When a straight-to-DVD disc pops up on your desk entitled The Assassination, starring none other than Bruce Willis, you could be forgiven for expecting an explosion-laden action romp (especially when you check out the sleeve art).

But things get a whole lot murkier when you realise the film was originally titled Assassination Of A High School President, Willis turns out to be little more than a bit-part player, the film is actually a comedy/drama/mystery mash-up and the movie was actually made way back in 2008.

Somebody obviously thought the time was right to unleash this flick on a UK audience, but is it worth the effort?

Well, yes and no if truth be told.

Yes in that the film tries something a bit different, pushes its quirky vibe to the limit and has a likeable lead in the shape of Reece Thompson.

But no in the fact that there are plenty of annoying moments, and at times the film clearly thinks it is a whole lot cleverer than it actually is.51oK2QaIE2L__SY300_

A sort of Chinatown-meets-Brick, the film centres on Thompson’s Bobby Funke, a budding writer who dreams of becoming a world-famous journalist.

Eager to make a name for himself on the school paper, Funke starts digging around after a batch of the school’s exam papers are stolen.

He manages to implicate the student president in the crime (Patrick Taylor), who is subsequently ruined and packed off to the loony bin.

But, slowly but surely, Funke realises he may have thrust the blame on to the wrong man, and that there may be an even bigger conspiracy at play among the school corridors.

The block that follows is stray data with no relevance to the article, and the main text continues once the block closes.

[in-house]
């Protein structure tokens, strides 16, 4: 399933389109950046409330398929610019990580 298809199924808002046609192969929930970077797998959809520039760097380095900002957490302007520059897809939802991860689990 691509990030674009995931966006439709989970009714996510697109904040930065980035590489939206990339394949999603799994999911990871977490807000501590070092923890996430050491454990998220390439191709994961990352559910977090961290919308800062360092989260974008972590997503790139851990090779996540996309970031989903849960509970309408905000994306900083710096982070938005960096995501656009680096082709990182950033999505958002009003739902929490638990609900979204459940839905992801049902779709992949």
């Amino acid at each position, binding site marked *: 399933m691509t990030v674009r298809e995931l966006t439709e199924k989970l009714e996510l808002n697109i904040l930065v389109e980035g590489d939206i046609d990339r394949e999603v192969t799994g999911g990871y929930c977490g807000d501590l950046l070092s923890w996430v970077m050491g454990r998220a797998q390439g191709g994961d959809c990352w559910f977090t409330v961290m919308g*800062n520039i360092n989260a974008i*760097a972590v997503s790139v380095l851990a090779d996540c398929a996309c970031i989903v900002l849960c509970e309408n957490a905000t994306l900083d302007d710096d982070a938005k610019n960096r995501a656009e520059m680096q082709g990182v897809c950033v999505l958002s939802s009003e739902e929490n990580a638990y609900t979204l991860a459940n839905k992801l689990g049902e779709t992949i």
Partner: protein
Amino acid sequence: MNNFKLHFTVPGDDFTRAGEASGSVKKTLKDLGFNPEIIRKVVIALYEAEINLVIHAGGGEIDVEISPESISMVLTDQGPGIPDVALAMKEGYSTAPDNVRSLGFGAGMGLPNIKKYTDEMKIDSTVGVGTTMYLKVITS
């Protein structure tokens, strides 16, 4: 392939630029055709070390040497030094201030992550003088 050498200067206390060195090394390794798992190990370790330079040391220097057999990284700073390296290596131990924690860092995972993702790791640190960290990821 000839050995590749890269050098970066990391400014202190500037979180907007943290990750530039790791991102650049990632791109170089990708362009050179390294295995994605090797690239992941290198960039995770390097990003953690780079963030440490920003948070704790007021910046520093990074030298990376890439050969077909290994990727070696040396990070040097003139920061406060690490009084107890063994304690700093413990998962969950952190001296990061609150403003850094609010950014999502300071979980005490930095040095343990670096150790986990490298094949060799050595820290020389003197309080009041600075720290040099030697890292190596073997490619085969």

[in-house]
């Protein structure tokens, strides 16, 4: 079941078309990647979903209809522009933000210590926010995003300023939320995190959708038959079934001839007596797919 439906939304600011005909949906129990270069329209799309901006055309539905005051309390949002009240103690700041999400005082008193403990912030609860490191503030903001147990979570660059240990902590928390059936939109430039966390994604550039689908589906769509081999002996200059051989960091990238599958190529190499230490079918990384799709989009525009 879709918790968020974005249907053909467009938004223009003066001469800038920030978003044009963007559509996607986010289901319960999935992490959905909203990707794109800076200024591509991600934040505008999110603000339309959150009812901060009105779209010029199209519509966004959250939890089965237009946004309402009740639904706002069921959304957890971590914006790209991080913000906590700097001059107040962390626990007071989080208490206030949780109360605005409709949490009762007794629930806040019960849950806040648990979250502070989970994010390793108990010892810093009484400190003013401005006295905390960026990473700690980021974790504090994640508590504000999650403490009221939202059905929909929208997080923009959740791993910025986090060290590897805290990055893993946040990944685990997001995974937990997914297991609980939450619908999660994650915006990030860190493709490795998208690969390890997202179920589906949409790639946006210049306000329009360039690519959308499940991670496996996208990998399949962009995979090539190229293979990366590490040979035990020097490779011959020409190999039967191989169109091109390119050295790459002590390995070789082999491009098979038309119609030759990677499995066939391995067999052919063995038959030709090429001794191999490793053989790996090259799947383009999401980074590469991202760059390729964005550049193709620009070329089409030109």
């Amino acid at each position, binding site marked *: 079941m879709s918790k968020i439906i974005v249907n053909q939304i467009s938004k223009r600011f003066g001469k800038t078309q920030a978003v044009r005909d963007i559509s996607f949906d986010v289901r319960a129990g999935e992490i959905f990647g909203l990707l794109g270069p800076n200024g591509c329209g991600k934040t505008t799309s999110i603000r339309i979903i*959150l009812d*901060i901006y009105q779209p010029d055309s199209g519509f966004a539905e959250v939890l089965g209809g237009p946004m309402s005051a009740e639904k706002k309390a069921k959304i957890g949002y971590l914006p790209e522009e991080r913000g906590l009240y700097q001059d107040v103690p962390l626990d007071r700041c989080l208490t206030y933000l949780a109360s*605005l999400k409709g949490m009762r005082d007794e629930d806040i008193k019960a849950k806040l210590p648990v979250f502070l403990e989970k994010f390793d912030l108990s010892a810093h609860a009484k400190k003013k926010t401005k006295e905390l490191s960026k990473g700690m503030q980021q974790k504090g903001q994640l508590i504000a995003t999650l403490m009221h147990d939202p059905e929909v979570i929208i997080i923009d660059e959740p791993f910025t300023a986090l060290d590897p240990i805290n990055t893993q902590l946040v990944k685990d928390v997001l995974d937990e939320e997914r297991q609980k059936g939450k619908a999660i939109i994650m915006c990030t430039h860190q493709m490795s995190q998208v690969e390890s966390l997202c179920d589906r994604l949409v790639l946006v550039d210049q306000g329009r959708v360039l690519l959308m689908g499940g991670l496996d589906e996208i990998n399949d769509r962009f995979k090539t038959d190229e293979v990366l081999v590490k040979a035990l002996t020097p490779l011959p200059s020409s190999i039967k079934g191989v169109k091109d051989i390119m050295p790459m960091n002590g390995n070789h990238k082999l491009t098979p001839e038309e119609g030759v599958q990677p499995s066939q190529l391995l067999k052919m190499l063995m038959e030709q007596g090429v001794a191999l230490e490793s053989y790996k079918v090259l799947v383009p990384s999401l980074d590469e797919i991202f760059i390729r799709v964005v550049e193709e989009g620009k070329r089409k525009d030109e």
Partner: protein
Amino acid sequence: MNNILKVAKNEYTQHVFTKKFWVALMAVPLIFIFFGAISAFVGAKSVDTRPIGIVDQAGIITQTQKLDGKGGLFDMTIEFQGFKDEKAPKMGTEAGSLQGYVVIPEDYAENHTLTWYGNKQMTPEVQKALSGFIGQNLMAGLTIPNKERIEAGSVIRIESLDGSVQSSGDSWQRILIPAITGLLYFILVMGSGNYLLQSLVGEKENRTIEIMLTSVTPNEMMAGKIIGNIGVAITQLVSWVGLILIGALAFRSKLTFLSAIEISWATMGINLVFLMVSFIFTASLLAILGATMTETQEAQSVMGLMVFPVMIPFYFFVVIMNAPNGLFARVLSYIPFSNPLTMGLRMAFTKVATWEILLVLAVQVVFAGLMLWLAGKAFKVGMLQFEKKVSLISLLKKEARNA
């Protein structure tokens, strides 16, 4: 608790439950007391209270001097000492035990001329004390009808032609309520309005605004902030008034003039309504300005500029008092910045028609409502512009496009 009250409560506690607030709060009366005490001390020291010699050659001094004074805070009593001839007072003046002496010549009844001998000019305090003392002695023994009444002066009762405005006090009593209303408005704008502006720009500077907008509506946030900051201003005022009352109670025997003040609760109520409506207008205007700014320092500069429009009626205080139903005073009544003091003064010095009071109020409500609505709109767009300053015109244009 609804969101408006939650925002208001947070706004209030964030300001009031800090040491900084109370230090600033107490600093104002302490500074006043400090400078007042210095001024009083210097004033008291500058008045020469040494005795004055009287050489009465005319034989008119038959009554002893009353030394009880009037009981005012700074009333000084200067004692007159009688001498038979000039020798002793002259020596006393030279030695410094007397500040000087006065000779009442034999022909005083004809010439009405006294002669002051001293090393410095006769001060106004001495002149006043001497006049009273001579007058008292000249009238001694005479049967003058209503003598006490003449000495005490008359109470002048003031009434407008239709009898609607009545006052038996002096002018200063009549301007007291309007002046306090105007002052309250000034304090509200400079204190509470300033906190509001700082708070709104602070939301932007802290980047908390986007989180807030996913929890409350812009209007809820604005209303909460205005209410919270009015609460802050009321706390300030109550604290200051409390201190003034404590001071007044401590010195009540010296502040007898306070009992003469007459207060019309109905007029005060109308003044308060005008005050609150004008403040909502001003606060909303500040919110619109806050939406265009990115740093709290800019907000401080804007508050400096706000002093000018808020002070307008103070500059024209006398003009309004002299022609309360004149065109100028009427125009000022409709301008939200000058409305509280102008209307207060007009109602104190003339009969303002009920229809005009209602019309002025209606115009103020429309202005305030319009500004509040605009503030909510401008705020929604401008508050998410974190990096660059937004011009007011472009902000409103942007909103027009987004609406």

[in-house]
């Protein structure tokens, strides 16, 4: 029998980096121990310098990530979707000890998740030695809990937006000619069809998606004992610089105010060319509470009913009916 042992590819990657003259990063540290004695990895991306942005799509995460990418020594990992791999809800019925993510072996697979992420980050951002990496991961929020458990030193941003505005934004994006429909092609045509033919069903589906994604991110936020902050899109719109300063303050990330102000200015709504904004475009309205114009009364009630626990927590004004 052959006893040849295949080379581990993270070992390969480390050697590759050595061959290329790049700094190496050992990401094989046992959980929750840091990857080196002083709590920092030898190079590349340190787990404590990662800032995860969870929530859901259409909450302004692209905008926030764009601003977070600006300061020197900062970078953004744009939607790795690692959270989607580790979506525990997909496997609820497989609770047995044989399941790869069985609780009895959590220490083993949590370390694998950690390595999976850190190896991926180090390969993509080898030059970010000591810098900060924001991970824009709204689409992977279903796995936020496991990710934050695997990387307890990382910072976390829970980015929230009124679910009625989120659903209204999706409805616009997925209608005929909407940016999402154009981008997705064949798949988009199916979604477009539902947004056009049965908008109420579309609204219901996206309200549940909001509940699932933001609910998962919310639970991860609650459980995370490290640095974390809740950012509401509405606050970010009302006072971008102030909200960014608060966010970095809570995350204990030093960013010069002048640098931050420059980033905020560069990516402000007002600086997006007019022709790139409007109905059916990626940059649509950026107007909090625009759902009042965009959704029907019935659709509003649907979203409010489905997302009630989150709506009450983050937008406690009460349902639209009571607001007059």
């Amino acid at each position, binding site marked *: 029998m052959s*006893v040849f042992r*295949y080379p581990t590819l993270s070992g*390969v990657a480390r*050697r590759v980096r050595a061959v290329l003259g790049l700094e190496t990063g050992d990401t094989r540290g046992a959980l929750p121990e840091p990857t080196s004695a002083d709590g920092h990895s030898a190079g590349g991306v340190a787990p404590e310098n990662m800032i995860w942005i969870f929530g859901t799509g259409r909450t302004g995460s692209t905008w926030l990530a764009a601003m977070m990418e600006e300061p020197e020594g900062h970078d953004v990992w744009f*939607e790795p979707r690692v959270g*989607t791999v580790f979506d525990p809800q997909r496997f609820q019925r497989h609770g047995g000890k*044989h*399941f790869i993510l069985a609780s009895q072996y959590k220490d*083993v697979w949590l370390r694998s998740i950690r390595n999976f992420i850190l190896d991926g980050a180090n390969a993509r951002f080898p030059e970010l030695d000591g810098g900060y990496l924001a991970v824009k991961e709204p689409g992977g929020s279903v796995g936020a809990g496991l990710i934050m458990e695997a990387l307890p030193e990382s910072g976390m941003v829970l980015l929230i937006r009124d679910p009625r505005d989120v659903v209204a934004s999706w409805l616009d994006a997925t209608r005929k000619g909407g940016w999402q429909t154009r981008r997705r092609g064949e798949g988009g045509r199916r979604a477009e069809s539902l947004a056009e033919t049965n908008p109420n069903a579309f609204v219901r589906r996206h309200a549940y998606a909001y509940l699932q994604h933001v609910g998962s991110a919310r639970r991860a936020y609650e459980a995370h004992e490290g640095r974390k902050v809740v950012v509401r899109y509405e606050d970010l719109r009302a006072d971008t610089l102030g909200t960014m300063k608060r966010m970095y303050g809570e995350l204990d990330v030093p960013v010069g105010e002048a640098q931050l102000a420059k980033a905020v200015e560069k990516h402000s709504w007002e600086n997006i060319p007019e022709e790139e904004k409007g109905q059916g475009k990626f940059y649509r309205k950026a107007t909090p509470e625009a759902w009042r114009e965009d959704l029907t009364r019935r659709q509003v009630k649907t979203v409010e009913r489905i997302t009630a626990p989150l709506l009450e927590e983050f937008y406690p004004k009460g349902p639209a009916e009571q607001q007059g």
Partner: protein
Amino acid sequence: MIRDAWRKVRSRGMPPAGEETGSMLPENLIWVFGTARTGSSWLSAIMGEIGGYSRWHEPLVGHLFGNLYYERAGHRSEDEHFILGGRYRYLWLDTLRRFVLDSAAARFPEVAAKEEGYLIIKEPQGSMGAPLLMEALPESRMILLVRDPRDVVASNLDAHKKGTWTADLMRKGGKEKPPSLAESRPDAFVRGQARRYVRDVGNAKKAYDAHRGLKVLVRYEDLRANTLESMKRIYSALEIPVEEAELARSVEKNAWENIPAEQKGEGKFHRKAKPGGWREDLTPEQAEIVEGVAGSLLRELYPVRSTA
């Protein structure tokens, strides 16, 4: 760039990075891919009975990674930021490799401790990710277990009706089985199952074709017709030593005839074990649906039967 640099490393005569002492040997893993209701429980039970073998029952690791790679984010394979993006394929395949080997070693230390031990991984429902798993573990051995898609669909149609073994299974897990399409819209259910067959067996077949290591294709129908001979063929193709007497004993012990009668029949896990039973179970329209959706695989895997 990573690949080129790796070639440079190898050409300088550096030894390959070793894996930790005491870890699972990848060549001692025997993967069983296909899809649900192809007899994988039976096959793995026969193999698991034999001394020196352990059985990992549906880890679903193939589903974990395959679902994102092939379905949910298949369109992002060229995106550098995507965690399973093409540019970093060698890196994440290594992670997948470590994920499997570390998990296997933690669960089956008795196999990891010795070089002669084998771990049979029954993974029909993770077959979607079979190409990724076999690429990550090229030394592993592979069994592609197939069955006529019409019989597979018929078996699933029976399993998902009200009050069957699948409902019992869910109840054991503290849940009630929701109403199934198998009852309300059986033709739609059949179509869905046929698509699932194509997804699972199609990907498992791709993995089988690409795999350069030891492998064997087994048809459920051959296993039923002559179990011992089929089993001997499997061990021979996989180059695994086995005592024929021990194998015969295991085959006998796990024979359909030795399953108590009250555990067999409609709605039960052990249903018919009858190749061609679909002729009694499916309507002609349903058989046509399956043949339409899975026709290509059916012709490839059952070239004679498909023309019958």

Right from the start director Brett Simon’s film veers in tone from scene to scene – we get plenty of high school hi-jinks that could easily have slipped out of the American Pie series, plus a budding romance between Funke and Mischa Barton’s Francesca.

That stuff is all so-so, but the movie keeps on track thanks to the element of mystery, a decent script from Kevin Jakubowski and Tim Calpin and a high school detective vibe that works in the main.

Thompson is the driving force here, with his Funke proving a watchable lead, wading through the masses of idiotic wannabes that seem to populate every classroom.

Barton does here usual fluttering eyelashes routine (and gets her kit off if that is your thing), clearly still trading on her OC popularity when this was made.

Quite what Willis is doing in this is anybody’s guess, turning up as a war veteran-turned school principal, who drops in on a few scenes to mouth off and regale students with his military stories.

As stated early on, the film does get a bit stuck up its own backside at times, with a number of scenes and lines of dialogue seemingly quirky or offbeat just for the sake of it.

But the film never gets boring and at just 90 minutes the whole thing moves along at a decent pace.

The Assassination is far from a great film, and I would hesitate in telling anybody to go out and buy it.

But as a rental I think it is certainly worth a go.

About The Author

Simon Fitzjohn

Simon is a journalism tutor in London, who also just happens to be a movie fanatic, with a craving for the darker side of cinema. He has written two books, one on the horror films of director Bob Clark (2014) and the other on the history of the character Norman Bates (2015). His third book, on the work of British exploitation director Pete Walker, is due in 2017.